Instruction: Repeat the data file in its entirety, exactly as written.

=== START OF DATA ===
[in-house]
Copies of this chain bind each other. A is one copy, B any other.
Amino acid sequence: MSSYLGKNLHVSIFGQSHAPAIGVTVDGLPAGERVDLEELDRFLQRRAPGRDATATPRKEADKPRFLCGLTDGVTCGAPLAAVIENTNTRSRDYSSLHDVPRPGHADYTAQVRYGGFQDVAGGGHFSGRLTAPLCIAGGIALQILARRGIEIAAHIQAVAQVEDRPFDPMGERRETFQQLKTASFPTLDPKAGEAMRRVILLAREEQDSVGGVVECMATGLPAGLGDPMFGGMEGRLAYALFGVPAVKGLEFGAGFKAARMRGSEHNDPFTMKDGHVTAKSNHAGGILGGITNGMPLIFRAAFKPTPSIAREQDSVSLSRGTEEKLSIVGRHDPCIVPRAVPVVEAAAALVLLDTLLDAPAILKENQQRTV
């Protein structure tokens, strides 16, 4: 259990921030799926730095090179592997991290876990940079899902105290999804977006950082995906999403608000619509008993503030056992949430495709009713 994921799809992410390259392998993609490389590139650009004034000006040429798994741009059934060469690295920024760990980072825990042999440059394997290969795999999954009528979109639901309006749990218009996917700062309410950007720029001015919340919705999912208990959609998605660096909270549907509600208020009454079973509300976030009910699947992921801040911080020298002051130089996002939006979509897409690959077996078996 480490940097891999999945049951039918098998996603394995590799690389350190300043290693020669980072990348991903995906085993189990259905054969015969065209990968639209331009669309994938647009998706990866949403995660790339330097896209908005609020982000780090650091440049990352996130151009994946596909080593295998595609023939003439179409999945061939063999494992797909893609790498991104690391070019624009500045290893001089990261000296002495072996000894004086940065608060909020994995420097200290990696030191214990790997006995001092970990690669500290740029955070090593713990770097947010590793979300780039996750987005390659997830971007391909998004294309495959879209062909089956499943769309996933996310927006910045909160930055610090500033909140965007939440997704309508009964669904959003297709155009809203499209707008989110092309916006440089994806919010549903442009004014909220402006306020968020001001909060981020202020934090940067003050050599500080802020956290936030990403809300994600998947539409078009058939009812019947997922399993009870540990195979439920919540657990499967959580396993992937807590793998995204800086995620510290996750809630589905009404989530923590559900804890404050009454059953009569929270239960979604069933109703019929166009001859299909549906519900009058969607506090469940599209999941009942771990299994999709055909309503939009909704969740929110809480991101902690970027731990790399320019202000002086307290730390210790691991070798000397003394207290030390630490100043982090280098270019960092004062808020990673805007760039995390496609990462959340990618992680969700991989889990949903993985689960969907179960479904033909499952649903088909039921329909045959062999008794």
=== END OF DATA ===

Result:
[in-house]
Copies of this chain bind each other. A is one copy, B any other.
Amino acid sequence: MSSYLGKNLHVSIFGQSHAPAIGVTVDGLPAGERVDLEELDRFLQRRAPGRDATATPRKEADKPRFLCGLTDGVTCGAPLAAVIENTNTRSRDYSSLHDVPRPGHADYTAQVRYGGFQDVAGGGHFSGRLTAPLCIAGGIALQILARRGIEIAAHIQAVAQVEDRPFDPMGERRETFQQLKTASFPTLDPKAGEAMRRVILLAREEQDSVGGVVECMATGLPAGLGDPMFGGMEGRLAYALFGVPAVKGLEFGAGFKAARMRGSEHNDPFTMKDGHVTAKSNHAGGILGGITNGMPLIFRAAFKPTPSIAREQDSVSLSRGTEEKLSIVGRHDPCIVPRAVPVVEAAAALVLLDTLLDAPAILKENQQRTV
């Protein structure tokens, strides 16, 4: 259990921030799926730095090179592997991290876990940079899902105290999804977006950082995906999403608000619509008993503030056992949430495709009713 994921799809992410390259392998993609490389590139650009004034000006040429798994741009059934060469690295920024760990980072825990042999440059394997290969795999999954009528979109639901309006749990218009996917700062309410950007720029001015919340919705999912208990959609998605660096909270549907509600208020009454079973509300976030009910699947992921801040911080020298002051130089996002939006979509897409690959077996078996 480490940097891999999945049951039918098998996603394995590799690389350190300043290693020669980072990348991903995906085993189990259905054969015969065209990968639209331009669309994938647009998706990866949403995660790339330097896209908005609020982000780090650091440049990352996130151009994946596909080593295998595609023939003439179409999945061939063999494992797909893609790498991104690391070019624009500045290893001089990261000296002495072996000894004086940065608060909020994995420097200290990696030191214990790997006995001092970990690669500290740029955070090593713990770097947010590793979300780039996750987005390659997830971007391909998004294309495959879209062909089956499943769309996933996310927006910045909160930055610090500033909140965007939440997704309508009964669904959003297709155009809203499209707008989110092309916006440089994806919010549903442009004014909220402006306020968020001001909060981020202020934090940067003050050599500080802020956290936030990403809300994600998947539409078009058939009812019947997922399993009870540990195979439920919540657990499967959580396993992937807590793998995204800086995620510290996750809630589905009404989530923590559900804890404050009454059953009569929270239960979604069933109703019929166009001859299909549906519900009058969607506090469940599209999941009942771990299994999709055909309503939009909704969740929110809480991101902690970027731990790399320019202000002086307290730390210790691991070798000397003394207290030390630490100043982090280098270019960092004062808020990673805007760039995390496609990462959340990618992680969700991989889990949903993985689960969907179960479904033909499952649903088909039921329909045959062999008794």